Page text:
A banana socket was mounted adjacent to each series globe (G4 to G6) so that each could be shorted to the ground rail using a lead connect to the lowest socket. The globes chosen were rated at 6 volt, 100 mA. This choice was made with some care. It was required that the globes show some light when presented with as little as one-third their nominal voltage and again when presented with one-third their nominal current. Unfortunately this means that the external supply voltage must be about 22 to 25 volts to enable the voltage regulator to supply adequate voltage to deliver full current to the three globes in series. (Lower voltage-rated globes would fail to light at a voltage much below their rating).
The meters were `universal panel meters' supplied from Dick Smith Electronics (Q-2045, 100 uA movement). One was given a shunt resistor (1.3 [[Omega]], made from two 2.7 [[Omega]] in parallel) to make it into an ammeter reading about 316 mA full-scale-deflection. A scale was drawn calibrated in 100 mA divisions (i.e. one, two or three 'globes worth').
The other was made into a voltmeter by using a 180 k series resistor. This produced a range of approximately 0 to 18 volts (again calibrated in 6 volt divisions to make it easy to read as one, two or three globes worth).
In each case, some fiddling of the meter resistors was necessary to make the meters read reasonably accurately as globes were added or removed. It was thought that this was worthwhile so that students could think in terms of units of current or voltage corresponding to the globe ratings, rather than be distracted by more accurate readings in mA or volts.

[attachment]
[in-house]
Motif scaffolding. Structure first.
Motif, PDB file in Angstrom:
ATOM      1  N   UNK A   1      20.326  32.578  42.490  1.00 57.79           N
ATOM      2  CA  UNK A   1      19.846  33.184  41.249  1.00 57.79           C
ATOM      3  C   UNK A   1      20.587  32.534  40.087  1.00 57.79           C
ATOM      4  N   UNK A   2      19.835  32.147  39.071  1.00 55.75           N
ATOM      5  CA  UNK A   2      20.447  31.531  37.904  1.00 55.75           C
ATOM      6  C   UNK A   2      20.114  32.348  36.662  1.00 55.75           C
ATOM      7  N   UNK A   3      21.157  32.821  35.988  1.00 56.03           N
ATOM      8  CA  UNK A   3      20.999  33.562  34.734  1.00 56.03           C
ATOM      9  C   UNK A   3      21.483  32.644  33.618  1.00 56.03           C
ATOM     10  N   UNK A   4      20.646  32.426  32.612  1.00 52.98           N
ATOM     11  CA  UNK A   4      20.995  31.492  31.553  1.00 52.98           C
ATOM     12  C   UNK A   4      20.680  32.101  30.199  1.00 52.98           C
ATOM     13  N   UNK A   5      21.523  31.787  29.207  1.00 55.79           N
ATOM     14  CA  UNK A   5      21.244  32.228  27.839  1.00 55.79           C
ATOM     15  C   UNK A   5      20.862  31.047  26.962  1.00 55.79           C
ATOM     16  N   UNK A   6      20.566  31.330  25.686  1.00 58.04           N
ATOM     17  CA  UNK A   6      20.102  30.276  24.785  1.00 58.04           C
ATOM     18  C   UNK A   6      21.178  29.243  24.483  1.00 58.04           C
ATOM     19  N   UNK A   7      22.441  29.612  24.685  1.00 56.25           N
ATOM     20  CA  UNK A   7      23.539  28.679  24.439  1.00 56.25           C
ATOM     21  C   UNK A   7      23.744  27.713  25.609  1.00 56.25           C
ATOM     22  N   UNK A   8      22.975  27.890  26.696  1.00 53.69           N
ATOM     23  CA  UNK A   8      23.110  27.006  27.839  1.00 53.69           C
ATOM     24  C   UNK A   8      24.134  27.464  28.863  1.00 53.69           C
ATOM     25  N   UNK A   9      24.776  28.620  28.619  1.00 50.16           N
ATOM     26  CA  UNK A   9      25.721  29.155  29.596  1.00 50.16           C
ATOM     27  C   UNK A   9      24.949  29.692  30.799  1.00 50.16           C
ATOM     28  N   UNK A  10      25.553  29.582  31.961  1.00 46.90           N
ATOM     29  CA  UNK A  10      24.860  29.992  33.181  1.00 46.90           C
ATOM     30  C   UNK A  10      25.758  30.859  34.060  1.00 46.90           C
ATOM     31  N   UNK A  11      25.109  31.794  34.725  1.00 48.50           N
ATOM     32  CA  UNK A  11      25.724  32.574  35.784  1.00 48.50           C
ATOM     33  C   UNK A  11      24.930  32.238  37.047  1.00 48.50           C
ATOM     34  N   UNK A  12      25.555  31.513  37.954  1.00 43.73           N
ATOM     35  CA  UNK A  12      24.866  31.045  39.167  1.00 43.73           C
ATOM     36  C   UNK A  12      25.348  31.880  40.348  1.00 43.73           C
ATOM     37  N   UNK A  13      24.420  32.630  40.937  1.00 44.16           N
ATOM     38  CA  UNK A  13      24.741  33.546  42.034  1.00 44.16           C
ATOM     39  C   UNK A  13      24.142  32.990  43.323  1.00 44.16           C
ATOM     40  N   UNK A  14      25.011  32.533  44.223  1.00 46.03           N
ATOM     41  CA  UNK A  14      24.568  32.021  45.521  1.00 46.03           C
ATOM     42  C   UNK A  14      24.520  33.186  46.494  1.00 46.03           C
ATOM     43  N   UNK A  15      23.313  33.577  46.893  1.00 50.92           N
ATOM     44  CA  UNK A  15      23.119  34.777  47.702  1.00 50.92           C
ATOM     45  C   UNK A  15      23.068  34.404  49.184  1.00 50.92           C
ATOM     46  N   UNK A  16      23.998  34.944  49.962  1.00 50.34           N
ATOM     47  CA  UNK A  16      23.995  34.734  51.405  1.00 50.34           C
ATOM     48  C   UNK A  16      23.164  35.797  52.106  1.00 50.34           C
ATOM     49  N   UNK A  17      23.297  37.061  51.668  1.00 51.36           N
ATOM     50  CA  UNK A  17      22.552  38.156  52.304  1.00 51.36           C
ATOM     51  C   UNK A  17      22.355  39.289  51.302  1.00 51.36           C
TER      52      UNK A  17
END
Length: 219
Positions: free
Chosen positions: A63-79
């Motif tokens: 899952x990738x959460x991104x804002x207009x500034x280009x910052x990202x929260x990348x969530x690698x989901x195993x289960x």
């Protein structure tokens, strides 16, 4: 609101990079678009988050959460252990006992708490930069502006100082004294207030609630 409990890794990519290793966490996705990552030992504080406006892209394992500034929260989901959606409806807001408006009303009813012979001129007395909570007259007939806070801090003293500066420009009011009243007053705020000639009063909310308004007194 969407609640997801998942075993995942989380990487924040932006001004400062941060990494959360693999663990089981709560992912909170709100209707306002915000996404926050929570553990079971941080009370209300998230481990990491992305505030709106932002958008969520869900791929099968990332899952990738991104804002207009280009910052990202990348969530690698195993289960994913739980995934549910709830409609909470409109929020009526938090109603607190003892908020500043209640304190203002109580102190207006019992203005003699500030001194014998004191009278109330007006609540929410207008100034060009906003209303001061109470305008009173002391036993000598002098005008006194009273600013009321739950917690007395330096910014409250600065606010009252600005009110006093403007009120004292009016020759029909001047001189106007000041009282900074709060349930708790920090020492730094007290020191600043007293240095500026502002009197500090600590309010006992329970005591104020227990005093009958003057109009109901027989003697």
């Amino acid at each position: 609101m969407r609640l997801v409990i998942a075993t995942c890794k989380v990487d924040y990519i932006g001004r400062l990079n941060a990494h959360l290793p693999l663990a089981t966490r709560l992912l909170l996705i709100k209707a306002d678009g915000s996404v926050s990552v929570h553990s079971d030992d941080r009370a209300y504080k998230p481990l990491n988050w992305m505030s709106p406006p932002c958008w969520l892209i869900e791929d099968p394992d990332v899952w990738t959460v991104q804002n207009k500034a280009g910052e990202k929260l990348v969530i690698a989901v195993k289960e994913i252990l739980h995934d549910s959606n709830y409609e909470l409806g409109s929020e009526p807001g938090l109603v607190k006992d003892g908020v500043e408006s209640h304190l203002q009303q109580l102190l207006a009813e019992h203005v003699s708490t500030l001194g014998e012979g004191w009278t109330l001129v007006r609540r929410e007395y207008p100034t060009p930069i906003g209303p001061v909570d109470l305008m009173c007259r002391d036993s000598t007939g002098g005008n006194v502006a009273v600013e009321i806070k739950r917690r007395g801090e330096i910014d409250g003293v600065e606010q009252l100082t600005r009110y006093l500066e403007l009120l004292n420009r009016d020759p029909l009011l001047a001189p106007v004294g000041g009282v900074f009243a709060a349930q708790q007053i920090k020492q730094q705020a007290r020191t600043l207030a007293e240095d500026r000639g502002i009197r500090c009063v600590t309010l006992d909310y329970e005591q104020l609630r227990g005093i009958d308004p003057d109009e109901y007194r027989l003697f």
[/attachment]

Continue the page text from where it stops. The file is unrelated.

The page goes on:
The circuit was based around a voltage regulator integrated circuit (LM317) which is switched to supply either a constant 6 volts or a constant 100 mA (figure 3). With the options of three globes in either series or parallel, this means that it could be supplying up to 300 mA or 18 volts, depending on the arrangement of globes. This IC tended to get rather hot, so a heat sink (small strip of metal) was attached to it, protruding from the back of the board.
Figure 3. Constant current and constant voltage circuit.
The circuit was constructed on a piece of 'vero-board' and mounted inside a small plastic box. A double-pole-double-throw switch (shown as two separate components on the diagram below) was used to isolate the globes from the supply, or to connect then to either of the power sources. Switch position A provides constant current while switch position B supplies constant voltage. Note that when the switch is 'off' (centre position) power is still being supplied to the circuit by the external power supply.
All resistors were 1%, 0.25 Watt, except for the 12 [[Omega]] resistor which was rated at 1 Watt. The voltage regulator IC requires a heatsink (a metal strip protruding from the back of the box is adequate).
The capacitor was a 10uF, 35 V tantalum. Its function, together with the 15k resistor, was to smooth out voltage transients that caused globes to burn out when the switch was changed.
Should you wish to alter the voltage or current output values, they are derived as follows:
output voltage = 1.25 x (1 + ) volts,
thus the 2k trim pot enables the voltage to be varied from 4.7 volts to 11.5 volts.
output current = = 100 mA
The circuit described serves as a useful demonstration tool for introducing the concepts of constant current and constant voltage sources. It is also useful as a piece of laboratory equipment through which students can make predictions about these concepts and then test their application.
These pages are maintained by Jon Pearce ( firstname.lastname@example.org), Department of Information Systems. The opinoins on them do not necessarily reflect those of the University of Melbourne. Tel: (613) 8344 1495 Fax: (613) 9349 4596. Last update: September 16, 2003 .